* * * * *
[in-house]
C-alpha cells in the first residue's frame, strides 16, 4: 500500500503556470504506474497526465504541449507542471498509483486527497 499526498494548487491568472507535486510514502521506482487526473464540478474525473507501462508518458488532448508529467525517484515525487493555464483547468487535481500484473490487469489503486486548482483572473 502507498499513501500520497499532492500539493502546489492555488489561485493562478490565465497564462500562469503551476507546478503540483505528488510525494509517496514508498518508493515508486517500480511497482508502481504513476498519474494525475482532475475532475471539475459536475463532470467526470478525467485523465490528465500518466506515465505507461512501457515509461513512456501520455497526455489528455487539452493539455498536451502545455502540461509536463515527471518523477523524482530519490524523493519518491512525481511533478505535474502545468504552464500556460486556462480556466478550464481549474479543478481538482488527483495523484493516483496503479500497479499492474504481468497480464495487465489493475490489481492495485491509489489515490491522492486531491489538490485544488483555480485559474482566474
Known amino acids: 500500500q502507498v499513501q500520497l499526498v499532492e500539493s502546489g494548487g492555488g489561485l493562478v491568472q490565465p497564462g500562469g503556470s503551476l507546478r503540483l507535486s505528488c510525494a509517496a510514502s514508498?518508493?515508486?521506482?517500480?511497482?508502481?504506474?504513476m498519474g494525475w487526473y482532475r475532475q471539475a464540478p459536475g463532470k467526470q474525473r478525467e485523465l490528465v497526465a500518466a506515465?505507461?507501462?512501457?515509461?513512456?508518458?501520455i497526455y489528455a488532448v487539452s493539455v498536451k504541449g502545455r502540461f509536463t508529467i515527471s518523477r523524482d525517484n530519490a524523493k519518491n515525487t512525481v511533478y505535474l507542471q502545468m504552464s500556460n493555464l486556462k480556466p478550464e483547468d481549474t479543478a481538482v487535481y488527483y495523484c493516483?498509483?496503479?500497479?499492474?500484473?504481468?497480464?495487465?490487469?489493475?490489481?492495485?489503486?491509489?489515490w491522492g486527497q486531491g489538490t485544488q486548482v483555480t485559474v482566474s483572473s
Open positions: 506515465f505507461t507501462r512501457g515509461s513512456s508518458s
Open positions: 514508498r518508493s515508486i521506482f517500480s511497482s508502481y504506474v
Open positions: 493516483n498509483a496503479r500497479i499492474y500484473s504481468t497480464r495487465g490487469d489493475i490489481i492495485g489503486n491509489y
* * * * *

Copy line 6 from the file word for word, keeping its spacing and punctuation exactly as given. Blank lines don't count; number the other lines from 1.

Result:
Open positions: 493516483n498509483a496503479r500497479i499492474y500484473s504481468t497480464r495487465g490487469d489493475i490489481i492495485g489503486n491509489y